The clinical effectiveness and cost-effectiveness of implantable cardioverter defibrillators: a systematic review
Authors: Bryant J, Brodin H, Loveman E, Payne E, Clegg A
Journal: Health Technology Assessment Volume: 9 Issue: 36
Publication date: September 2005
The clinical effectiveness and cost-effectiveness of implantable cardioverter defibrillators: a systematic review. Health Technol Assess 2005;9(36)
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To consider the clinical effectiveness and cost-effectiveness of implantable cardioverter defibrillators (ICDs) for arrhythmias.
Electronic databases. Manufacturer submissions.
A systematic review of the literature on clinical and cost-effectiveness was undertaken. The quality of selected randomised controlled trials (RCTs) was assessed using the Jadad criteria, and of selected systematic reviews using criteria developed by the NHS Centre for Reviews and Dissemination. Economic evaluations were quality assessed by their internal validity (i.e. the methods used) using a series of relevant questions, and external validity (i.e. generalisability of the economic study to the population of interest) by modified standard criteria. The clinical effectiveness and cost-effectiveness of ICDs for arrhythmias were synthesised through a narrative review with full tabulation of results of all included studies.
Eight RCTs, two systematic reviews and a meta-analysis met the inclusion criteria of the review. The RCTs were of variable quality, with most trials having a Jadad quality score of 1/5 or 2/5, owing to the nature of comparing a device with drug therapy and the impossibility of double-blinding. The outcome measure of interest was mortality, which was reported as all-cause mortality in most trials and sudden cardiac death in some trials. Eleven economic evaluations of ICDs for arrhythmias were identified. None were shown to have high internal and external validity. One unpublished study relevant to the UK was identified. The evidence suggests that ICDs reduce mortality in patients with previous ventricular arrest or symptomatic sustained ventricular arrhythmias, in patients who have not had a previous sudden cardiac episode or previous ventricular arrhythmia but have reduced left ventricular function due to coronary artery disease with asymptomatic non-sustained ventricular arrhythmia and sustained tachycardia that could be induced electrophysiologically, and in some patients with severe left ventricular dysfunction (ejection fraction 30%) after myocardial infarction. QoL data are inconsistent but suggest that there is impaired QoL in patients who received numerous shocks from implanted devices. Studies show that ICDs improve survival compared with drug treatment, but with considerably increased cost. Incremental cost per life-year gained ranges from 27,000 US dollars to 213,543 Can dollars and incremental cost per quality-adjusted life-year from 71,700 US dollars to 558,000 US dollars in the published literature.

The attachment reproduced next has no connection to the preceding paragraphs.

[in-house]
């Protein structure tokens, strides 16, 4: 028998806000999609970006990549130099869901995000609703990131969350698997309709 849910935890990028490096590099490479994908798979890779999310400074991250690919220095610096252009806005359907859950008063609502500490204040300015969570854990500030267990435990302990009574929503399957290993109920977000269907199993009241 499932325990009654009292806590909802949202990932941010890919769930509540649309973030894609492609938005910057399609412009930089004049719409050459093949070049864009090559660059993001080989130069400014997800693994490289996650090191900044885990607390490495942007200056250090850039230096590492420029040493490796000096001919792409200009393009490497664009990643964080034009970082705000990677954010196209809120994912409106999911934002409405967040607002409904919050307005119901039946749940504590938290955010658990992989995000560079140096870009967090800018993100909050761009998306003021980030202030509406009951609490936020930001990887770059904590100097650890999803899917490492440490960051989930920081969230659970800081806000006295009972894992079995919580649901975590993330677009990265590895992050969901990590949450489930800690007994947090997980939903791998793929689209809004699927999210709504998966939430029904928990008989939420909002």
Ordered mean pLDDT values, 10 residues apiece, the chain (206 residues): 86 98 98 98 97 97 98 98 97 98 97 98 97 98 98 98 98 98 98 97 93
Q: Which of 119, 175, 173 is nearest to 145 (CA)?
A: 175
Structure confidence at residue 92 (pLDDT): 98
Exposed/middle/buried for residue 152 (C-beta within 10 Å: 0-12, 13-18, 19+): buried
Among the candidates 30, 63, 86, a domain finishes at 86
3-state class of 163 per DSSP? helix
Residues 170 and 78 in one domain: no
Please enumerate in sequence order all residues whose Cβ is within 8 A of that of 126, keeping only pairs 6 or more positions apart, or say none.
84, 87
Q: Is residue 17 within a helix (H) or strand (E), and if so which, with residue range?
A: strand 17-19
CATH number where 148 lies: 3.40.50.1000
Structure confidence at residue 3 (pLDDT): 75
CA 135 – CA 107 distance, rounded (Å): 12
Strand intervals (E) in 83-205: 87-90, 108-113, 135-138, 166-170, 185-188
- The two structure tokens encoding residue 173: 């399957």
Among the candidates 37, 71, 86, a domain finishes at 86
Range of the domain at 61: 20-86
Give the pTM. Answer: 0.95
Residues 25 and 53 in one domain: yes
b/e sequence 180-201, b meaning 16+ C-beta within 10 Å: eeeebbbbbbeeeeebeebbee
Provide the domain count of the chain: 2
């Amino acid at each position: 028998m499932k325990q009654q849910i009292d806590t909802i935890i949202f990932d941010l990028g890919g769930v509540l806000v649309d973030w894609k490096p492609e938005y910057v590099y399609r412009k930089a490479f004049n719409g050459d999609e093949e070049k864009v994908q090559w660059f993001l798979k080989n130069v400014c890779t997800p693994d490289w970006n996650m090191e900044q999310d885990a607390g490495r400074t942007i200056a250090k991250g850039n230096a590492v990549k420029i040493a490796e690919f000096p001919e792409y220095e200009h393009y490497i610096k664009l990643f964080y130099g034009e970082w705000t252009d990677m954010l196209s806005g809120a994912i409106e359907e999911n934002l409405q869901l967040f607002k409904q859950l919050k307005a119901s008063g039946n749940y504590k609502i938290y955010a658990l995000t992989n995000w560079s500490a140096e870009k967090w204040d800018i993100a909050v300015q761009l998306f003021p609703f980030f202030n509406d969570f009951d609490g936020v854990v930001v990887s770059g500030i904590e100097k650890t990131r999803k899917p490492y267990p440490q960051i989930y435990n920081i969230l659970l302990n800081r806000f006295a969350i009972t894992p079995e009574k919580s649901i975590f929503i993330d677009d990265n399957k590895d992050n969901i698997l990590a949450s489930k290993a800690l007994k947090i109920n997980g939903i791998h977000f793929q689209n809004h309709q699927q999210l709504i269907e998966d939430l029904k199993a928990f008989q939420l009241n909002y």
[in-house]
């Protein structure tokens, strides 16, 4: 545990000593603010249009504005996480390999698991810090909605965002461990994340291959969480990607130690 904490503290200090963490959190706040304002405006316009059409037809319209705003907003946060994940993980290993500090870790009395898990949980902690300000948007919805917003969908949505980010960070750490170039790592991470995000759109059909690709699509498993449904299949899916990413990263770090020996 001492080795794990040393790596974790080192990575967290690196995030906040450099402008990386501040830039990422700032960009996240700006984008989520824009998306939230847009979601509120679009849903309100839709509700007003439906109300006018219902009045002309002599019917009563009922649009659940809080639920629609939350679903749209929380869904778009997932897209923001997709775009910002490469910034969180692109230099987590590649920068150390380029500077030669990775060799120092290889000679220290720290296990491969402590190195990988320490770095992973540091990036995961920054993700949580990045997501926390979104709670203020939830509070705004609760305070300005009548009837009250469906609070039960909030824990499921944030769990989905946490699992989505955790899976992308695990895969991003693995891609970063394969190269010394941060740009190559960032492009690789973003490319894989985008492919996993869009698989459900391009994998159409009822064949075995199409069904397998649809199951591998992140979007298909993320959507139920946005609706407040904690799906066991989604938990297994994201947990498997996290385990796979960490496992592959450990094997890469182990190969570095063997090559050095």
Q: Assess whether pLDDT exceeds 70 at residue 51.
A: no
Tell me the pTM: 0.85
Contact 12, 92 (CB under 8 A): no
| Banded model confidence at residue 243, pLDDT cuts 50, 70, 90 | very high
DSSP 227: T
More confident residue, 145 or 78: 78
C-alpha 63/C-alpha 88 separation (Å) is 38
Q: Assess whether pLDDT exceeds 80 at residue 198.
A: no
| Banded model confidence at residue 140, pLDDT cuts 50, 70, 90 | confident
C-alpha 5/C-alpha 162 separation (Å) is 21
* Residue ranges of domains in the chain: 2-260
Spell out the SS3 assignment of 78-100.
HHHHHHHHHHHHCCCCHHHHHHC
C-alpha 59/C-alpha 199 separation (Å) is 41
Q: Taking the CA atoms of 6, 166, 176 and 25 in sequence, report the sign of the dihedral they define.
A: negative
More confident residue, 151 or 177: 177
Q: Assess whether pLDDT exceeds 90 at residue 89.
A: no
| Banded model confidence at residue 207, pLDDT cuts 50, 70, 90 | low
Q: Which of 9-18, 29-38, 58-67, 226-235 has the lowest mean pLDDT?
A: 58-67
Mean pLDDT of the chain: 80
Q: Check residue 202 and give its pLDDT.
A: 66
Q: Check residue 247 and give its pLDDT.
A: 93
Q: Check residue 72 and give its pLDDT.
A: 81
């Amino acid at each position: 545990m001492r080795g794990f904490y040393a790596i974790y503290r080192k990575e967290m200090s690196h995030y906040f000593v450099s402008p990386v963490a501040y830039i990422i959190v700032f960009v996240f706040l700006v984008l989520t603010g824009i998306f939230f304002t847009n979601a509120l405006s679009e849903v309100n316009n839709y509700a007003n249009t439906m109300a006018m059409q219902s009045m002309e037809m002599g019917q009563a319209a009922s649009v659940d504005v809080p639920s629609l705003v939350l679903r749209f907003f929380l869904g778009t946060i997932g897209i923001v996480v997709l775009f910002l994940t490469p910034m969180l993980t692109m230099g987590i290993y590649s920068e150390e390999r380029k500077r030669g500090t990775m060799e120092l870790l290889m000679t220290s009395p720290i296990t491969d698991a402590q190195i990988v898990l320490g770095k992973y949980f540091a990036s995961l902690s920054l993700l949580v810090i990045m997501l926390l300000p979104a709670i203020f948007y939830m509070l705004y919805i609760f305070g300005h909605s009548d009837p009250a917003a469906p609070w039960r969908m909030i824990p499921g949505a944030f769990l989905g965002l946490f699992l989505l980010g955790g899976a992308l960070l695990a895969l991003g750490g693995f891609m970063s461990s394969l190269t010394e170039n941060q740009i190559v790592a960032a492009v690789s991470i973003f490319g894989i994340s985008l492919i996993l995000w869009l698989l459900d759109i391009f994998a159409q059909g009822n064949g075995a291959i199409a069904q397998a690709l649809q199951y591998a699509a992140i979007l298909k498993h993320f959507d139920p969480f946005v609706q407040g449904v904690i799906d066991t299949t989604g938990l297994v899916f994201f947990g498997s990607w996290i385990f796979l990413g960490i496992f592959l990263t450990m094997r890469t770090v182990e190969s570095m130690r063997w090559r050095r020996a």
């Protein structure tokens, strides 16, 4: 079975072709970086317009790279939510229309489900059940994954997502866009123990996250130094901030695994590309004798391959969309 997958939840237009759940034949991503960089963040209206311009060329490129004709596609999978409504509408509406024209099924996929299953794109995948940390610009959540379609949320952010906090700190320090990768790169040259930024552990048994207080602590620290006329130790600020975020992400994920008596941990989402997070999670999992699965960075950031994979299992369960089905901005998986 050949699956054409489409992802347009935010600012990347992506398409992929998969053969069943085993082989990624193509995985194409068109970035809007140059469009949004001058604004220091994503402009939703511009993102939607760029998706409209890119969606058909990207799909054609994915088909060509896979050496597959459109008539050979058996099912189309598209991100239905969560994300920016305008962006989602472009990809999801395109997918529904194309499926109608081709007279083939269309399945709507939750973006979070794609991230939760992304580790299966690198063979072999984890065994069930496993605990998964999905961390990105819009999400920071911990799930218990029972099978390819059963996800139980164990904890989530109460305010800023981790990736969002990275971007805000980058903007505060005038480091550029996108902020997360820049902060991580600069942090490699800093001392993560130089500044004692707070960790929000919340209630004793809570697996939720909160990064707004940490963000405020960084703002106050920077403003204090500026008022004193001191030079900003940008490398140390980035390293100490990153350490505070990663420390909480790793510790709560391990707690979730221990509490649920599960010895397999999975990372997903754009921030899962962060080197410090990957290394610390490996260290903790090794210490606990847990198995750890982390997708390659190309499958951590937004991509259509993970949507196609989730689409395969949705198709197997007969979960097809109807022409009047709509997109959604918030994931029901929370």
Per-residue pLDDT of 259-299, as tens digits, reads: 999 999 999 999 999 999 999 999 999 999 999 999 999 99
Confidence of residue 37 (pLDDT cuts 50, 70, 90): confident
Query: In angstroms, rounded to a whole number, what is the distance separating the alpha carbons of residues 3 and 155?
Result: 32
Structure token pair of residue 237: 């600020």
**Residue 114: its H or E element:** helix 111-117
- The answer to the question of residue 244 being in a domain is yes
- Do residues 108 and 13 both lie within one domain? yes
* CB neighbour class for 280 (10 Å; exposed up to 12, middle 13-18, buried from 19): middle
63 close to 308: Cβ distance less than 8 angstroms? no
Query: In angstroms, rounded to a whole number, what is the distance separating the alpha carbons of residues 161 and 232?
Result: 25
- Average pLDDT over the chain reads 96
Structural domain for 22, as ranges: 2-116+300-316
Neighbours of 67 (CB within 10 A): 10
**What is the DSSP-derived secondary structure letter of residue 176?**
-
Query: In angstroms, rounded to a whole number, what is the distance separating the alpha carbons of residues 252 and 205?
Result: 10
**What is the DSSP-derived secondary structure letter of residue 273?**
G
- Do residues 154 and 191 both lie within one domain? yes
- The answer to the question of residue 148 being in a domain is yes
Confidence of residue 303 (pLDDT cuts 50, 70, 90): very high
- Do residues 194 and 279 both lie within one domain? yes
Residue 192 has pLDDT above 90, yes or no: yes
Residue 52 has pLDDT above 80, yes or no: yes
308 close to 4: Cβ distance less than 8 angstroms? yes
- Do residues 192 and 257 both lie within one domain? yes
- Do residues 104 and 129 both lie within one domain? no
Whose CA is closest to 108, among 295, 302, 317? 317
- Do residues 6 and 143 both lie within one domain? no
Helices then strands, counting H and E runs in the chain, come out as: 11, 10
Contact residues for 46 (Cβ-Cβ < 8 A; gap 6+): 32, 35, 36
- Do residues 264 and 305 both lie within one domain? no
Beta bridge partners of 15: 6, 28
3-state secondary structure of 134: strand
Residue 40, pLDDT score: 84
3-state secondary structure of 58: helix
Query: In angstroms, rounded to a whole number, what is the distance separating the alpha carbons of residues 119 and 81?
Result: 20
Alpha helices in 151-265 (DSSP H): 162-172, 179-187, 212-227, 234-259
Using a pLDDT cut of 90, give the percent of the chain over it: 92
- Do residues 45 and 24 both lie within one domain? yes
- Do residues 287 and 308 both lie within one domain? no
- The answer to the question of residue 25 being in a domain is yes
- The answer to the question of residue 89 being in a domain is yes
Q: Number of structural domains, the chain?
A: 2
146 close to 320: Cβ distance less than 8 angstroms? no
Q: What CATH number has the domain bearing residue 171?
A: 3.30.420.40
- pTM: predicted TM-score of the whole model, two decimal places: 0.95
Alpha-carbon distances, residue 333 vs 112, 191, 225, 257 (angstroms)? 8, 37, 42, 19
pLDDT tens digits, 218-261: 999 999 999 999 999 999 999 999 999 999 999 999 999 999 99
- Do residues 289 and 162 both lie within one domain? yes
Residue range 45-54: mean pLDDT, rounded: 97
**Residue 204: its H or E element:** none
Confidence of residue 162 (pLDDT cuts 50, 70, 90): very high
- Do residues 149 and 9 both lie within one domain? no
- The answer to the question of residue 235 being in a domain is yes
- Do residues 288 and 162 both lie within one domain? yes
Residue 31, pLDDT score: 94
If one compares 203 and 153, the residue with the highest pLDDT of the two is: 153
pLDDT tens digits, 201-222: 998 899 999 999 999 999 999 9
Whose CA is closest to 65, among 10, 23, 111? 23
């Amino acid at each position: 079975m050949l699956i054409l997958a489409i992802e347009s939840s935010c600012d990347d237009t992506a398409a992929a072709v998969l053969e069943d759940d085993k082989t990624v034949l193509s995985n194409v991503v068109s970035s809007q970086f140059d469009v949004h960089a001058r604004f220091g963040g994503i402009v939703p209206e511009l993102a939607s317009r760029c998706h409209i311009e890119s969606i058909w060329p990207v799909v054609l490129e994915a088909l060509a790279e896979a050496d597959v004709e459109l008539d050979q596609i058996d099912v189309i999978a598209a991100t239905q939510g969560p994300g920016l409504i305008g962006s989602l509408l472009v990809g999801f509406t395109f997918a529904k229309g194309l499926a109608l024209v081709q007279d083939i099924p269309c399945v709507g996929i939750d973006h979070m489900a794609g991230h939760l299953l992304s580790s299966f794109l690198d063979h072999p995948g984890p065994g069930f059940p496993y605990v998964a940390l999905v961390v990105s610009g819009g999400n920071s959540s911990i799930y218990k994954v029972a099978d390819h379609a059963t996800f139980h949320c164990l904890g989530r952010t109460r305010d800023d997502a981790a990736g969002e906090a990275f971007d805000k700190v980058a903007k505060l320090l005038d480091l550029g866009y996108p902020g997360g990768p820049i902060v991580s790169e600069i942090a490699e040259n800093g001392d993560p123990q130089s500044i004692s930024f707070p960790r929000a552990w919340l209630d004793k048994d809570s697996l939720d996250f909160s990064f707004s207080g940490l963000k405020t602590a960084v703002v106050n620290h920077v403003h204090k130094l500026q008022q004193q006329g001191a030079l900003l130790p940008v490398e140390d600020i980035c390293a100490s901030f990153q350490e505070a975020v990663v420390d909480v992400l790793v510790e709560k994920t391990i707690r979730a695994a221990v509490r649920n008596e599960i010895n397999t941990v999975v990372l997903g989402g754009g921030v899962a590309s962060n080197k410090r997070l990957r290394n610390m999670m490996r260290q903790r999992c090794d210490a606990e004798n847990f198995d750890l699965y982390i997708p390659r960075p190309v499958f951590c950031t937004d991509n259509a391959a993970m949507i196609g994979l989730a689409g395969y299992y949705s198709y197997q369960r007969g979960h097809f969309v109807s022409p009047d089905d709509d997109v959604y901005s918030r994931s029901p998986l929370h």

The use of ICDs in the UK is increasing, but the technology is still under-utilised compared with other developed countries. Extending the current indications to patients with prior myocardial infarction and depressed heart function would impact on costs and service provision. Further research is needed on the risk stratification of patients in whom ICDs are most likely to be clinically and cost-effective. An evaluation of shock frequency on QoL is also required.